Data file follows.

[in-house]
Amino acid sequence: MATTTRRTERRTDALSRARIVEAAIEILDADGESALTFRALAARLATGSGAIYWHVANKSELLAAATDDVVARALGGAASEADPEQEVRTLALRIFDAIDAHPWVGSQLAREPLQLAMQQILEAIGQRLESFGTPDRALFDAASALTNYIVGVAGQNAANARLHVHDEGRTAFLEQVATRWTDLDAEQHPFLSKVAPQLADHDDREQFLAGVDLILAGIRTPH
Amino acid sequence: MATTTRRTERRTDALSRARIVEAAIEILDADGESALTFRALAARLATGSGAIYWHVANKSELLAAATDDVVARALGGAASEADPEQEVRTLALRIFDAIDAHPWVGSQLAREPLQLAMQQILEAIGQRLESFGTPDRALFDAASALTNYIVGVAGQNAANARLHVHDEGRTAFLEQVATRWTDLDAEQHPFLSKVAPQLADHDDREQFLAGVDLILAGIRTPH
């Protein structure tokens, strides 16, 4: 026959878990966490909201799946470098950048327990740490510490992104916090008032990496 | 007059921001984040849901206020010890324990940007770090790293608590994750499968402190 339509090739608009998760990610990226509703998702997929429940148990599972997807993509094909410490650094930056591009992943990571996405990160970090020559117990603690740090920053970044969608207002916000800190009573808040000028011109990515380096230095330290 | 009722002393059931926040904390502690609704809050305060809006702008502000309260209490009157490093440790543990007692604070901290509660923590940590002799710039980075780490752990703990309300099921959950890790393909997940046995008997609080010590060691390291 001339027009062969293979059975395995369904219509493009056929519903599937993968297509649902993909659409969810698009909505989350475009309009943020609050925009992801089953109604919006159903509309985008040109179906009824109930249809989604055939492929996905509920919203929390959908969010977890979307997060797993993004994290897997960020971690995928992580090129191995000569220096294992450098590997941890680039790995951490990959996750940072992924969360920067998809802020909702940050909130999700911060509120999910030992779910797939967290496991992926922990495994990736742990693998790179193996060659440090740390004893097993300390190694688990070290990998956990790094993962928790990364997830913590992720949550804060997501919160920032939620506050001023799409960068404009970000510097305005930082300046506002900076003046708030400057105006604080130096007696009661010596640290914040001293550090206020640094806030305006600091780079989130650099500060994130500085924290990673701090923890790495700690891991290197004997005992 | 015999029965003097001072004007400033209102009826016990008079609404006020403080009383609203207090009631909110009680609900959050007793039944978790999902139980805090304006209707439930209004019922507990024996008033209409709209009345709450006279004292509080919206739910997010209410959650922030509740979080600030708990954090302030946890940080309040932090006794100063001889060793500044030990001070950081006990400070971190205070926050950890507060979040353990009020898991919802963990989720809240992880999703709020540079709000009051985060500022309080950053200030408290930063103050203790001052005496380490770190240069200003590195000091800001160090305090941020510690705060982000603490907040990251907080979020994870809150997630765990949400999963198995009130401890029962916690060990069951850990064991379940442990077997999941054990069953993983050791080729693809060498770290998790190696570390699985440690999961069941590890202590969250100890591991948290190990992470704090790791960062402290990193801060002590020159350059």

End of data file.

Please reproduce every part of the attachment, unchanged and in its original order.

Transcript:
[in-house]
Amino acid sequence: MATTTRRTERRTDALSRARIVEAAIEILDADGESALTFRALAARLATGSGAIYWHVANKSELLAAATDDVVARALGGAASEADPEQEVRTLALRIFDAIDAHPWVGSQLAREPLQLAMQQILEAIGQRLESFGTPDRALFDAASALTNYIVGVAGQNAANARLHVHDEGRTAFLEQVATRWTDLDAEQHPFLSKVAPQLADHDDREQFLAGVDLILAGIRTPH
Amino acid sequence: MATTTRRTERRTDALSRARIVEAAIEILDADGESALTFRALAARLATGSGAIYWHVANKSELLAAATDDVVARALGGAASEADPEQEVRTLALRIFDAIDAHPWVGSQLAREPLQLAMQQILEAIGQRLESFGTPDRALFDAASALTNYIVGVAGQNAANARLHVHDEGRTAFLEQVATRWTDLDAEQHPFLSKVAPQLADHDDREQFLAGVDLILAGIRTPH
């Protein structure tokens, strides 16, 4: 026959878990966490909201799946470098950048327990740490510490992104916090008032990496 | 007059921001984040849901206020010890324990940007770090790293608590994750499968402190 339509090739608009998760990610990226509703998702997929429940148990599972997807993509094909410490650094930056591009992943990571996405990160970090020559117990603690740090920053970044969608207002916000800190009573808040000028011109990515380096230095330290 | 009722002393059931926040904390502690609704809050305060809006702008502000309260209490009157490093440790543990007692604070901290509660923590940590002799710039980075780490752990703990309300099921959950890790393909997940046995008997609080010590060691390291 001339027009062969293979059975395995369904219509493009056929519903599937993968297509649902993909659409969810698009909505989350475009309009943020609050925009992801089953109604919006159903509309985008040109179906009824109930249809989604055939492929996905509920919203929390959908969010977890979307997060797993993004994290897997960020971690995928992580090129191995000569220096294992450098590997941890680039790995951490990959996750940072992924969360920067998809802020909702940050909130999700911060509120999910030992779910797939967290496991992926922990495994990736742990693998790179193996060659440090740390004893097993300390190694688990070290990998956990790094993962928790990364997830913590992720949550804060997501919160920032939620506050001023799409960068404009970000510097305005930082300046506002900076003046708030400057105006604080130096007696009661010596640290914040001293550090206020640094806030305006600091780079989130650099500060994130500085924290990673701090923890790495700690891991290197004997005992 | 015999029965003097001072004007400033209102009826016990008079609404006020403080009383609203207090009631909110009680609900959050007793039944978790999902139980805090304006209707439930209004019922507990024996008033209409709209009345709450006279004292509080919206739910997010209410959650922030509740979080600030708990954090302030946890940080309040932090006794100063001889060793500044030990001070950081006990400070971190205070926050950890507060979040353990009020898991919802963990989720809240992880999703709020540079709000009051985060500022309080950053200030408290930063103050203790001052005496380490770190240069200003590195000091800001160090305090941020510690705060982000603490907040990251907080979020994870809150997630765990949400999963198995009130401890029962916690060990069951850990064991379940442990077997999941054990069953993983050791080729693809060498770290998790190696570390699985440690999961069941590890202590969250100890591991948290190990992470704090790791960062402290990193801060002590020159350059």